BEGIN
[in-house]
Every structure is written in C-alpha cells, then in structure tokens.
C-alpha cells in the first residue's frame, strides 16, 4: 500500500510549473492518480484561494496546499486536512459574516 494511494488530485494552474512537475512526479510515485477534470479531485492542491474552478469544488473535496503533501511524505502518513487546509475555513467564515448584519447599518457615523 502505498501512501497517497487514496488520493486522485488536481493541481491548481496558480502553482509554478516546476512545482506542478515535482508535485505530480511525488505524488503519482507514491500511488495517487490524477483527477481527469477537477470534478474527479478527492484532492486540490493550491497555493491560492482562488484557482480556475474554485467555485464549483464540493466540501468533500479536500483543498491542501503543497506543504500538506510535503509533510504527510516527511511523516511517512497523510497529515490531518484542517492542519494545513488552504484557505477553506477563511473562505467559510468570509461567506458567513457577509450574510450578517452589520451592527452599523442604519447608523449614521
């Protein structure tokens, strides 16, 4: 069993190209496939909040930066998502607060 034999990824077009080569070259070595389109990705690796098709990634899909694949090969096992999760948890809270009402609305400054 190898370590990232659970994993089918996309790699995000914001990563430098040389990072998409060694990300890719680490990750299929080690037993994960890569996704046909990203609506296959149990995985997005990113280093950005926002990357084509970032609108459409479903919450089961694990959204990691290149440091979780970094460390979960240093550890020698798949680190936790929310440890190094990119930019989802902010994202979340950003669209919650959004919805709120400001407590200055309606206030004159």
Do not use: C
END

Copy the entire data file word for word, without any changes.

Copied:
[in-house]
Every structure is written in C-alpha cells, then in structure tokens.
C-alpha cells in the first residue's frame, strides 16, 4: 500500500510549473492518480484561494496546499486536512459574516 494511494488530485494552474512537475512526479510515485477534470479531485492542491474552478469544488473535496503533501511524505502518513487546509475555513467564515448584519447599518457615523 502505498501512501497517497487514496488520493486522485488536481493541481491548481496558480502553482509554478516546476512545482506542478515535482508535485505530480511525488505524488503519482507514491500511488495517487490524477483527477481527469477537477470534478474527479478527492484532492486540490493550491497555493491560492482562488484557482480556475474554485467555485464549483464540493466540501468533500479536500483543498491542501503543497506543504500538506510535503509533510504527510516527511511523516511517512497523510497529515490531518484542517492542519494545513488552504484557505477553506477563511473562505467559510468570509461567506458567513457577509450574510450578517452589520451592527452599523442604519447608523449614521
């Protein structure tokens, strides 16, 4: 069993190209496939909040930066998502607060 034999990824077009080569070259070595389109990705690796098709990634899909694949090969096992999760948890809270009402609305400054 190898370590990232659970994993089918996309790699995000914001990563430098040389990072998409060694990300890719680490990750299929080690037993994960890569996704046909990203609506296959149990995985997005990113280093950005926002990357084509970032609108459409479903919450089961694990959204990691290149440091979780970094460390979960240093550890020698798949680190936790929310440890190094990119930019989802902010994202979340950003669209919650959004919805709120400001407590200055309606206030004159």
Do not use: C